To calculate the volume of a cubic boilie, you should use the following formula:

Volume of the cubic boilie (B) = Side³

where:

Volume of the cubic boilie (B) is the volume of the space inside the boilie.

Side represents the length of one side of the boilie.

Let's revisit the example of 15 mm and 30 mm: A cubic boilie with a side length of 15 mm will have a volume of 3,375 mm³ compared to 1,767 mm³ for a spherical boilie of the same size. Therefore, a cube-shaped boilie will have 1.91 times more ingredients and attractants.

A cubic boilie with a side length of 30 mm will have a volume of 27,000 mm³ compared to 14,137 mm³ for the same-sized spherical boilie, making it 1.91 times more, but it will have 15.28 times more volume than a spherical 15 mm boilie.

### 2.5.2 Surface Area of a Cubic Boilie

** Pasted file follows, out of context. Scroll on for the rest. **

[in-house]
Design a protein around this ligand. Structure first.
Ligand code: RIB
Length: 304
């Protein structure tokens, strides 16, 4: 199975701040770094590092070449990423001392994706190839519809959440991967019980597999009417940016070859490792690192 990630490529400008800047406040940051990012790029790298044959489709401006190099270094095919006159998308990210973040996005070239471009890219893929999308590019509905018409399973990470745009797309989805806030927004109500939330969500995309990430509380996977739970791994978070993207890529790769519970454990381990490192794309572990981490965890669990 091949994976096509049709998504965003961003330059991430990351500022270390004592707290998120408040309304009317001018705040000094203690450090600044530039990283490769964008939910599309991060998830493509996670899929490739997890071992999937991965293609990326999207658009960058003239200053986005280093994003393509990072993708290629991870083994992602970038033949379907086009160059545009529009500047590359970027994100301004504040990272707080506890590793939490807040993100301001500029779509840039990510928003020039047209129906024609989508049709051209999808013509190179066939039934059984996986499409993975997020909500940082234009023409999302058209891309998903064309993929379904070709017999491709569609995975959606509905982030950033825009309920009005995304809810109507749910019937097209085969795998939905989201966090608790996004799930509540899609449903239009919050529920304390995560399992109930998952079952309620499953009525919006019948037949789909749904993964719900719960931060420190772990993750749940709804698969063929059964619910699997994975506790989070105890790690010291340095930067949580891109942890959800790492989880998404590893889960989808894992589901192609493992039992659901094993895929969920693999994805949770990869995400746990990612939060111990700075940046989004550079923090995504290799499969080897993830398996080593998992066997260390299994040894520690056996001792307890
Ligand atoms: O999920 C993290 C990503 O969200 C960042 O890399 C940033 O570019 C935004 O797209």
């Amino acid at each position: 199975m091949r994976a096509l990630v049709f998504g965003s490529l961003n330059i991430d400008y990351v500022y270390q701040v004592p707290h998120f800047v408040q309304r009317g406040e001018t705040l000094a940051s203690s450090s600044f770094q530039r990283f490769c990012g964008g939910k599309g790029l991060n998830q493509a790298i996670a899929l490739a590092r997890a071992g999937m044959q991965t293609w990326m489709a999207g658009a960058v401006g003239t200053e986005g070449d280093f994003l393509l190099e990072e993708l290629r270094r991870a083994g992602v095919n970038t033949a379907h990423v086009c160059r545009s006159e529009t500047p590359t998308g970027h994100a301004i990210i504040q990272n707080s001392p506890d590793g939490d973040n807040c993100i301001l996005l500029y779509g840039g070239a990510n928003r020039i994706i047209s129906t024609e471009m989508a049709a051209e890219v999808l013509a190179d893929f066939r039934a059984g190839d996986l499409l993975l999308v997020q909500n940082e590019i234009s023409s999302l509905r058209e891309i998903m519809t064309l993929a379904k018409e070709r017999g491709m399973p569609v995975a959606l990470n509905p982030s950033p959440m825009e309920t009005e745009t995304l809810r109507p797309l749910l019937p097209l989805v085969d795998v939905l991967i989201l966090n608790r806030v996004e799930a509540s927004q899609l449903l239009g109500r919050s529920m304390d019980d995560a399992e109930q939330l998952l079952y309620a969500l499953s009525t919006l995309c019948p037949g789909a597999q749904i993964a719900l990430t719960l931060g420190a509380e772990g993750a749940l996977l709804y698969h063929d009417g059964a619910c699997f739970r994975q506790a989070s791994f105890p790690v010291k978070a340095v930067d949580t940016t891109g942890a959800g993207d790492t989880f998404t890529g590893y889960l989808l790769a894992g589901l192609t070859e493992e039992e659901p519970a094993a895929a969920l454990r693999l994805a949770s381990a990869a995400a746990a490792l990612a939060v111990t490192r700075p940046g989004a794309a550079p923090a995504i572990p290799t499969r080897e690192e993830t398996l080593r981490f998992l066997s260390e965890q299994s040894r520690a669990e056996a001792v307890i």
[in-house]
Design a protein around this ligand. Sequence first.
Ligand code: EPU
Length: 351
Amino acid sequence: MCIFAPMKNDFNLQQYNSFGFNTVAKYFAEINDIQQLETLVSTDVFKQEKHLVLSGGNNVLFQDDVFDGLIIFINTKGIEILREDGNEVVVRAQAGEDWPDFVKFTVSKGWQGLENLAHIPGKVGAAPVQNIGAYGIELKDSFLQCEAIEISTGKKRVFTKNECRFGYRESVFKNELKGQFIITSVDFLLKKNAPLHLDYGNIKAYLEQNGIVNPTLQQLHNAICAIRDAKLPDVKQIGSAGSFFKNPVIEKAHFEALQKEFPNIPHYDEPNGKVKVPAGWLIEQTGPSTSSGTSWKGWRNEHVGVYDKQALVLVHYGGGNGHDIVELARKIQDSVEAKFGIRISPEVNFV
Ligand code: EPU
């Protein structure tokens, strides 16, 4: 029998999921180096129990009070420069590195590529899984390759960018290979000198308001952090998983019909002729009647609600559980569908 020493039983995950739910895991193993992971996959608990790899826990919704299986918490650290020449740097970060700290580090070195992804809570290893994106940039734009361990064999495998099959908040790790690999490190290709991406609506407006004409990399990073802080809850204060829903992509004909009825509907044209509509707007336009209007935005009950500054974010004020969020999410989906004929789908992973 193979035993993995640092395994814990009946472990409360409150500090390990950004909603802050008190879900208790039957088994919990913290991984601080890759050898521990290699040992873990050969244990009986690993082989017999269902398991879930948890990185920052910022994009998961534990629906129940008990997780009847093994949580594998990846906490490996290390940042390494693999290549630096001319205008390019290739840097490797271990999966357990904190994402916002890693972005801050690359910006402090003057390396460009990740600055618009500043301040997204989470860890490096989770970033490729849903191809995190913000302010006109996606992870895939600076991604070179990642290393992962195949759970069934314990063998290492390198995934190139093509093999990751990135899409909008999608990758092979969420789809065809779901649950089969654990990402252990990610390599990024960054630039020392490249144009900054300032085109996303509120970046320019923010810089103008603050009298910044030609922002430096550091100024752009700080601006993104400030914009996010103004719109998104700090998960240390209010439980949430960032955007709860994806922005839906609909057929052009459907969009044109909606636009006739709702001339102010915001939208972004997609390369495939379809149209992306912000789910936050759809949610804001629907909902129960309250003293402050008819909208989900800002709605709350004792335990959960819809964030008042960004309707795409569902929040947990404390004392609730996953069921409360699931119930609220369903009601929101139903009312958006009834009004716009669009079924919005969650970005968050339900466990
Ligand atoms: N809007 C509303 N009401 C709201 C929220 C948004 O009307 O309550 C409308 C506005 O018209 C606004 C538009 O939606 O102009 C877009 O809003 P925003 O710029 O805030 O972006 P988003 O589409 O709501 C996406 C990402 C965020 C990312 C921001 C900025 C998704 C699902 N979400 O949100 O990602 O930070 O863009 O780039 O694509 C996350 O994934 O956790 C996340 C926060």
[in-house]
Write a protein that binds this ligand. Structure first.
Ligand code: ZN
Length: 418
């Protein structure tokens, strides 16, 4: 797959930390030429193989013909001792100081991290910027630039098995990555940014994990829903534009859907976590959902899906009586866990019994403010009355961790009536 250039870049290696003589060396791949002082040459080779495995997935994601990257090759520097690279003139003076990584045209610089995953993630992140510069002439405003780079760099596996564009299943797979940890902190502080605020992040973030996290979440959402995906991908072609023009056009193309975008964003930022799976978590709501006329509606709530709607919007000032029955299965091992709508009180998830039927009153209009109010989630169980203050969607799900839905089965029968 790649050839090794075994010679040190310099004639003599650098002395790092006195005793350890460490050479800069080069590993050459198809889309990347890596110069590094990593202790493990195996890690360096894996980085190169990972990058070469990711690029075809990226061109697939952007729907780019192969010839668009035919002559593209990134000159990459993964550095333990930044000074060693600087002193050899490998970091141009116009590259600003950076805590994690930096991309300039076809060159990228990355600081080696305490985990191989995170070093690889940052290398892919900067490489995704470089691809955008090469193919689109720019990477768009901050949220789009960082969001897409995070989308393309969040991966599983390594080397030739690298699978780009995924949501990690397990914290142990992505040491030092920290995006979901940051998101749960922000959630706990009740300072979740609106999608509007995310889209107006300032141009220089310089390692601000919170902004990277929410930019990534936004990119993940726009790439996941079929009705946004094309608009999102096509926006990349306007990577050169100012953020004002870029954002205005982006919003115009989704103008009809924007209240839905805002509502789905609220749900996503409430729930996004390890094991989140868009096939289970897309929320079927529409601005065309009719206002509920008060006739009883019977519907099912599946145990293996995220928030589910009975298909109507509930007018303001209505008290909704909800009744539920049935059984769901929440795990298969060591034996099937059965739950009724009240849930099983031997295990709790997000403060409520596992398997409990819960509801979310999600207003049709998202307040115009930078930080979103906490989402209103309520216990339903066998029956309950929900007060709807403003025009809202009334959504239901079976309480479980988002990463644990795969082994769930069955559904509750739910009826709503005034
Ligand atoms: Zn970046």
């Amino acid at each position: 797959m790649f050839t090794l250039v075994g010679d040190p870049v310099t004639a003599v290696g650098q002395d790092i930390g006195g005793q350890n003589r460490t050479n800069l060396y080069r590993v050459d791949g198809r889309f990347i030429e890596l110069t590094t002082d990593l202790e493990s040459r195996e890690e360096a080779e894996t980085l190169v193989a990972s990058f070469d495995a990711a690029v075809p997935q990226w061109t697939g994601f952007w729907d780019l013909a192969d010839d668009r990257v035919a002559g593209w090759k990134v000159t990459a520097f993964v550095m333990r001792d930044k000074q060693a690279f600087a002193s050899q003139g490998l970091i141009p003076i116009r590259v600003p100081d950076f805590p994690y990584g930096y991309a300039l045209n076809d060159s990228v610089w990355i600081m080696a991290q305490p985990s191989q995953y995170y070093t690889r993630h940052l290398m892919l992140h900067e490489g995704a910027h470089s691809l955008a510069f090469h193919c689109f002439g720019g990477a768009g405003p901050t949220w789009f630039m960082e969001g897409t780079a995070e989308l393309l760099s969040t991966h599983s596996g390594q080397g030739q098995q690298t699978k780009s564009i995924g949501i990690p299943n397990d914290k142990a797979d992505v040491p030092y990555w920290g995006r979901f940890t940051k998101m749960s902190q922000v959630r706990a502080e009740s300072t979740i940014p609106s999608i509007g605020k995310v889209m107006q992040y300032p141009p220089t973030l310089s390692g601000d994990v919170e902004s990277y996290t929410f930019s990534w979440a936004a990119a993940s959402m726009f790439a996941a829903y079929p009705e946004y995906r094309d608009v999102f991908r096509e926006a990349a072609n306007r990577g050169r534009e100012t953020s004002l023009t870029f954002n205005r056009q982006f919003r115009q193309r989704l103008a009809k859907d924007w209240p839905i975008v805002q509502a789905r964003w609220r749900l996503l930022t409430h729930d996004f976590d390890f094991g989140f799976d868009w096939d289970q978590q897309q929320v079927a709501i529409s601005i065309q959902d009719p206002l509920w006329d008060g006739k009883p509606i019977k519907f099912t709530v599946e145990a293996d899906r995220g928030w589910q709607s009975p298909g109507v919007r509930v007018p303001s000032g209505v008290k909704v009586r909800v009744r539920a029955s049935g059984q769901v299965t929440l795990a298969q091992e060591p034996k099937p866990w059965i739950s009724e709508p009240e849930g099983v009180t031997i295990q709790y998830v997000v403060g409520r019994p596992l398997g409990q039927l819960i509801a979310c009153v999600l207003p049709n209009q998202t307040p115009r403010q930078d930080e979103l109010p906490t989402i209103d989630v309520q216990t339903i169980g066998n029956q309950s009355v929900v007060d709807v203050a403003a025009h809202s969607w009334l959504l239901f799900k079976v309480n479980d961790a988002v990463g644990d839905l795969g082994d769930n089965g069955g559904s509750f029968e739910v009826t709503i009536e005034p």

The surface area in contact with water of a cube-shaped boilie can be calculated as follows:

Surface Area of the cubic boilie (B) = 6 * (Side²)

where:

Surface Area of the boilie (B) is the total external surface area of the boilie.

Side represents the length of one side of the boilie.

A cubic boilie with a side length of 15 mm will have an area of 1,350 mm² compared to 707 mm² for a spherical boilie of the same size. Therefore, a cube-shaped boilie will diffuse ingredients and attractants 1.91 times better.

A cubic boilie with a side length of 30 mm will have an area of 5,400 mm² compared to 2,827 mm² for the same-sized spherical boilie, making it 1.91 times more, but it will have 7.6 times more surface area than a spherical 15 mm boilie.

In conclusion, to maximize diffusion and attractant quantities, it's advisable to use large cubic boilies.

**3. The Size of Boilies and Carp Reaction**